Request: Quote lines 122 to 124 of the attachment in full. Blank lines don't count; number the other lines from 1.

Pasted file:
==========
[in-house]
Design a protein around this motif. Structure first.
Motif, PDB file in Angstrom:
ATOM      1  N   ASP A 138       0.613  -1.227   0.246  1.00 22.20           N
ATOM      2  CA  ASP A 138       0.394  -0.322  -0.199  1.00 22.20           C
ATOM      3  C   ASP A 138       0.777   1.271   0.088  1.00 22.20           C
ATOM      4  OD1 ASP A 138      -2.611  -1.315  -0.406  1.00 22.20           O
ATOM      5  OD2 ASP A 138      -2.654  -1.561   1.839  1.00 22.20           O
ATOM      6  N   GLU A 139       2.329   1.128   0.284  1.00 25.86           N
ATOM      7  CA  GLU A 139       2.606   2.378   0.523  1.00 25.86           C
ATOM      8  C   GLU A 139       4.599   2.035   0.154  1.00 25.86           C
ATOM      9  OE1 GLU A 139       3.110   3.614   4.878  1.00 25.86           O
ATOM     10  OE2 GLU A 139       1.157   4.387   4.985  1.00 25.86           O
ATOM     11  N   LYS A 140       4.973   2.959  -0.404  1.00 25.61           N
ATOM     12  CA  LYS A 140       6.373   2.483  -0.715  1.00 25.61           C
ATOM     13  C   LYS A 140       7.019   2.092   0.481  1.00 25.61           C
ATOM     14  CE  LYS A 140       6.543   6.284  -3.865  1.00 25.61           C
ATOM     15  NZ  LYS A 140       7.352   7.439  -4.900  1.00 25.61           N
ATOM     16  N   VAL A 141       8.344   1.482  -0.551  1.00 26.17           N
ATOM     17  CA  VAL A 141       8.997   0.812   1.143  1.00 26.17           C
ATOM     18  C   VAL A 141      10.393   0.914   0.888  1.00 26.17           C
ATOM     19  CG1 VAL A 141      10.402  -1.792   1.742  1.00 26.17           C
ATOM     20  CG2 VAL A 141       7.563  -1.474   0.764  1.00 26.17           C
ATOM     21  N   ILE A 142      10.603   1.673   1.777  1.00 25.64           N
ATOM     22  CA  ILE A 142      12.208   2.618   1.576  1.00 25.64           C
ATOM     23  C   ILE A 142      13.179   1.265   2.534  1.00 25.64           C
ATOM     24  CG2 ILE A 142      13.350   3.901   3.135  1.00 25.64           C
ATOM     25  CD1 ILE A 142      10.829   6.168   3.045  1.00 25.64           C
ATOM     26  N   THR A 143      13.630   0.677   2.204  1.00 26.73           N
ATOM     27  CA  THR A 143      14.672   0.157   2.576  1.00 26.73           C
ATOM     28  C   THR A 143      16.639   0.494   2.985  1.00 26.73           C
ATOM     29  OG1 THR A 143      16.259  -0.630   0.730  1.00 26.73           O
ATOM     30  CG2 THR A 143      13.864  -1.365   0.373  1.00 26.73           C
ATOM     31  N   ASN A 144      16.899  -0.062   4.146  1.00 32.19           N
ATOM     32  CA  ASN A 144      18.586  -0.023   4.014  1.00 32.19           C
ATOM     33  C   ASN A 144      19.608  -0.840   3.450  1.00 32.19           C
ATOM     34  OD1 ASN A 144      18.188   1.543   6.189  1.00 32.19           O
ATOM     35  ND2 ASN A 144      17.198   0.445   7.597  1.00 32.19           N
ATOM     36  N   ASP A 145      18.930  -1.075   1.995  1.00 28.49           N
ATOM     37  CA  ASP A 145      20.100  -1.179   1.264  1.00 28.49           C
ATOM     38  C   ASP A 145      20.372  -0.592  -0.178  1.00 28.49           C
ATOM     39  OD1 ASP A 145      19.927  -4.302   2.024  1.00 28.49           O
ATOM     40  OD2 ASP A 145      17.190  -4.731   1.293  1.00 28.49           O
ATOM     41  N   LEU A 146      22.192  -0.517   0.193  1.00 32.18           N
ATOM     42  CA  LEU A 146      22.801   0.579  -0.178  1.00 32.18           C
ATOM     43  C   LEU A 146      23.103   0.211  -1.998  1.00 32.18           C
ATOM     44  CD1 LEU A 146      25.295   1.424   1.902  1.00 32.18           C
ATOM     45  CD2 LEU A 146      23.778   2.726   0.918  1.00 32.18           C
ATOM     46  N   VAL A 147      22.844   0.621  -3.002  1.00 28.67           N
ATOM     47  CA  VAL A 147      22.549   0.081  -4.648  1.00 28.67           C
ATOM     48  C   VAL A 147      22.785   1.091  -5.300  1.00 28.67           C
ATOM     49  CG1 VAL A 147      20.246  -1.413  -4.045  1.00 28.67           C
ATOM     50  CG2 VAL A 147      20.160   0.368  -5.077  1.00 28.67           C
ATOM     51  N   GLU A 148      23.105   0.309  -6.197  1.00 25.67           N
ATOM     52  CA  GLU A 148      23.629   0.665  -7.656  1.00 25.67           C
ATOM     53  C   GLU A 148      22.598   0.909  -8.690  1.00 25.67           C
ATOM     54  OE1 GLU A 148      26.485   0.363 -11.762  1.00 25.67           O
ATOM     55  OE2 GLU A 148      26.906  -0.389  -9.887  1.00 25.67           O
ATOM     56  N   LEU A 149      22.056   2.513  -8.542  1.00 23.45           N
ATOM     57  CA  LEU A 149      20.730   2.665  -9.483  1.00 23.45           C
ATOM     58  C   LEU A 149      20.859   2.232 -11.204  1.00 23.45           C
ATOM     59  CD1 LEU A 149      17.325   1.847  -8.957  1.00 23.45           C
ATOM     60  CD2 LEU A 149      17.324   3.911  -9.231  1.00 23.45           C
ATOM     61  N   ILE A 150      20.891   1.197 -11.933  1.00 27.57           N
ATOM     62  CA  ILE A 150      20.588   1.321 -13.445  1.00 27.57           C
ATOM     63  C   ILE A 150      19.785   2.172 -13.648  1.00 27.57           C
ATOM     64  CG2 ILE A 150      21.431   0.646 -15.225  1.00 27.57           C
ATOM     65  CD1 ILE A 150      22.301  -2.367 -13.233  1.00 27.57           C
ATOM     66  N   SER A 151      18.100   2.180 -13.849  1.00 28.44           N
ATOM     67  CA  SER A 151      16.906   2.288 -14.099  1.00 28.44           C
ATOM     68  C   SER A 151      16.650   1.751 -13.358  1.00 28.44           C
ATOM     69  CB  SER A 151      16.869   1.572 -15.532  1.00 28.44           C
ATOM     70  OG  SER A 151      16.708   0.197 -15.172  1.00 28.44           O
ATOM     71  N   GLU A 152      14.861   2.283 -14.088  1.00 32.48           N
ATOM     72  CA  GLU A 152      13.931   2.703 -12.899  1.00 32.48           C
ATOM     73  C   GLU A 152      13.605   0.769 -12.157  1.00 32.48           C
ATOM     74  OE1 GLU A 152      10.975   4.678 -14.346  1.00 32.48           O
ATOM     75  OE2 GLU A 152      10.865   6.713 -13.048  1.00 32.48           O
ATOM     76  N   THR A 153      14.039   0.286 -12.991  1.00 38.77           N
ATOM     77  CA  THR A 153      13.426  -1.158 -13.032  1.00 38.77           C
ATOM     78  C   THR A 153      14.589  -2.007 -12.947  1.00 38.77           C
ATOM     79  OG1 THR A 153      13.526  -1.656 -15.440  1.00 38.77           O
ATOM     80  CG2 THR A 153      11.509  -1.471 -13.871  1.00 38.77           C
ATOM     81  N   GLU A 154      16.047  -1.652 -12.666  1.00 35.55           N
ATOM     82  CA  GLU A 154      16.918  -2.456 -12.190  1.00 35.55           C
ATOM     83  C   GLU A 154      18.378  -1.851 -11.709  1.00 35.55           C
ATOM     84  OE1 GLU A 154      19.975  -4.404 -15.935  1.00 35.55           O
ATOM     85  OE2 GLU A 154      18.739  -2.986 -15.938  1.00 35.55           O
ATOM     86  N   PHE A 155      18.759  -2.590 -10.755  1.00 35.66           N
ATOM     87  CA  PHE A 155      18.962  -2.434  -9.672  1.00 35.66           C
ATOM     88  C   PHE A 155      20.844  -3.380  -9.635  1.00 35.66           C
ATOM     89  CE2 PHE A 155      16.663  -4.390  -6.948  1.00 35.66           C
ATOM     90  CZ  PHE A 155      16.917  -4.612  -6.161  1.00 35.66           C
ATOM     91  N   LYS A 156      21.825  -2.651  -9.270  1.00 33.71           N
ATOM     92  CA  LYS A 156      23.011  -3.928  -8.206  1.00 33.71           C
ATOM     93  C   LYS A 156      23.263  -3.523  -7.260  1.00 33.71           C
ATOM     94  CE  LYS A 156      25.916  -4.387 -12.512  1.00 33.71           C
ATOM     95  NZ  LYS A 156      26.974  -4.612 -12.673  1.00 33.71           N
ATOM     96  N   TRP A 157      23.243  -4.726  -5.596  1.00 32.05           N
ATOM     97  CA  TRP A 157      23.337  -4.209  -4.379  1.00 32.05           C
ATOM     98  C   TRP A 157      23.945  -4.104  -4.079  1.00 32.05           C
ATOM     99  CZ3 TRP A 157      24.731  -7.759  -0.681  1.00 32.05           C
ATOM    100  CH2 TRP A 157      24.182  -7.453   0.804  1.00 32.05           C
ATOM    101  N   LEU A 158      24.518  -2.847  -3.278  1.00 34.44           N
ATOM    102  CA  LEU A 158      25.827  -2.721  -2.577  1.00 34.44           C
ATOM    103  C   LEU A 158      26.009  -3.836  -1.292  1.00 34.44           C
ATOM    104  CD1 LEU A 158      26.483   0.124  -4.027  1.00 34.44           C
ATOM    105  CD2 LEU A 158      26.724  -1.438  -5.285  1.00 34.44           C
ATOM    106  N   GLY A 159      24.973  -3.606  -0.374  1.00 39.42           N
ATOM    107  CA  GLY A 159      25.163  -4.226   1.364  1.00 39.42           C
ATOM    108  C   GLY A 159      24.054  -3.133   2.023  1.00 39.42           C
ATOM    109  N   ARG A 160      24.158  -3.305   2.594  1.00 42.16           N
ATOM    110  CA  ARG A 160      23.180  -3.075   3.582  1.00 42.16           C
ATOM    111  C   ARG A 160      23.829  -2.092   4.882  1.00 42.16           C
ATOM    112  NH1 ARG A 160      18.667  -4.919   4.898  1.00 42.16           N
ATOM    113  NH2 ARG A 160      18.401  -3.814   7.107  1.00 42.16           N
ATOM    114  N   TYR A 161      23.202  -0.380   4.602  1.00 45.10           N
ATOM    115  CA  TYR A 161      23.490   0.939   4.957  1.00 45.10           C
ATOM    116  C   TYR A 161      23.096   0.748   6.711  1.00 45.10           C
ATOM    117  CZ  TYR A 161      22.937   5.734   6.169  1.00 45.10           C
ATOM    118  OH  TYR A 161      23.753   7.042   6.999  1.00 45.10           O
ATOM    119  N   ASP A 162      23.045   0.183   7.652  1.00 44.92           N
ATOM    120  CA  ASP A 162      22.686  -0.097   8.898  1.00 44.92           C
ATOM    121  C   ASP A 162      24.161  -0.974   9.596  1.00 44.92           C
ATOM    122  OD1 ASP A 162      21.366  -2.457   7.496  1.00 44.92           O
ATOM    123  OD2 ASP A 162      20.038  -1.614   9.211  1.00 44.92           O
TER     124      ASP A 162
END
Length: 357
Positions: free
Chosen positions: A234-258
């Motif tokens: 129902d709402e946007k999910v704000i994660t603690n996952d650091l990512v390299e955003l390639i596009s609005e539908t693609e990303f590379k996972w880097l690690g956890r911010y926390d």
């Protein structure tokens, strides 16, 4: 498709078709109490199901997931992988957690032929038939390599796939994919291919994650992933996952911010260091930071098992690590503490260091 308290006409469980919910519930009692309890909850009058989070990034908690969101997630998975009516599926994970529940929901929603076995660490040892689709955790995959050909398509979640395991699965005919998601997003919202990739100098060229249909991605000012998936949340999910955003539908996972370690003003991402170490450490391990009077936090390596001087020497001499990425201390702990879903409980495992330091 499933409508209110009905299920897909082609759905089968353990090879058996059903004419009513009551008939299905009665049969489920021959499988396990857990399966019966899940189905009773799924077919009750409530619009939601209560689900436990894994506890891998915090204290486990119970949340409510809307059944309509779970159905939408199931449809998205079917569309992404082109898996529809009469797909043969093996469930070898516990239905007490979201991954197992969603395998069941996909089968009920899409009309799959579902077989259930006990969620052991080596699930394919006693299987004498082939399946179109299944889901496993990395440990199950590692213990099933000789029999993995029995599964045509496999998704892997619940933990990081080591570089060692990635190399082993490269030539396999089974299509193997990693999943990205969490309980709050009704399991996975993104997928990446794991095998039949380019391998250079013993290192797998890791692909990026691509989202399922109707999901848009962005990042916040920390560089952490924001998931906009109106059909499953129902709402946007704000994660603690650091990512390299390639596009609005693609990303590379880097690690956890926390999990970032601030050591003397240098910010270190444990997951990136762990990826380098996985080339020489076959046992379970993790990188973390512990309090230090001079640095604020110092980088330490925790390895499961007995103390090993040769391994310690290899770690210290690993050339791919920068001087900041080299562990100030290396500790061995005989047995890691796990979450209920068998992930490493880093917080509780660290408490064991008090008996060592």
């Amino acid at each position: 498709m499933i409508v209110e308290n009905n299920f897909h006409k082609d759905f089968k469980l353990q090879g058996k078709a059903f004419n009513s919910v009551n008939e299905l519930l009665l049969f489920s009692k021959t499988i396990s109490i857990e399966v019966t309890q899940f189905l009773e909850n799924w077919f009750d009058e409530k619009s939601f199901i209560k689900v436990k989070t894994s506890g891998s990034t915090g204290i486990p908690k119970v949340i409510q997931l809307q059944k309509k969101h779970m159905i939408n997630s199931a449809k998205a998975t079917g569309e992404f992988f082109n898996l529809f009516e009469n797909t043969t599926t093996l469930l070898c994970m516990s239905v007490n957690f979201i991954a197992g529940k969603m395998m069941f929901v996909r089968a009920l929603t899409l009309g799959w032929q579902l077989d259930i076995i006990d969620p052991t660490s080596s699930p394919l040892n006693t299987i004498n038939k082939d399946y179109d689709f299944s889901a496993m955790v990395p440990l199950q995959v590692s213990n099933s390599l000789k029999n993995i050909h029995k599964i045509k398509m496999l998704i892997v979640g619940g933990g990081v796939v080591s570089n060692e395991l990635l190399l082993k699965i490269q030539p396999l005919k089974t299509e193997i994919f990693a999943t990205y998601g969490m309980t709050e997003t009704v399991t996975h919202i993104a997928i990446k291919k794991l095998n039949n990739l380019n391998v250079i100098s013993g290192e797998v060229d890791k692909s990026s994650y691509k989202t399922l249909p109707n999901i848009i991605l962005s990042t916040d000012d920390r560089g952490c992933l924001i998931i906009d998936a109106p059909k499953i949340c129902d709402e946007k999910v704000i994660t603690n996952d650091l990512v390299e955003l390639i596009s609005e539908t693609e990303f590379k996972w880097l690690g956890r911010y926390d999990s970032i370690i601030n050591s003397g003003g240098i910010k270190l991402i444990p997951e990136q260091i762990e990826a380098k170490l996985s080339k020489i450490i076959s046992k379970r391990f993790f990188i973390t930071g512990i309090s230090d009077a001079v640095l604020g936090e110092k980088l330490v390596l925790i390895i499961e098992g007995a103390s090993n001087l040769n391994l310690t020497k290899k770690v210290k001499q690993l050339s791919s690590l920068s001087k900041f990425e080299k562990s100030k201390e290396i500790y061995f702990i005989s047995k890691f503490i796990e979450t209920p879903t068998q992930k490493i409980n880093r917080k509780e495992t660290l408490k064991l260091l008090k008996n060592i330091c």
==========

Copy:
ATOM    119  N   ASP A 162      23.045   0.183   7.652  1.00 44.92           N
ATOM    120  CA  ASP A 162      22.686  -0.097   8.898  1.00 44.92           C
ATOM    121  C   ASP A 162      24.161  -0.974   9.596  1.00 44.92           C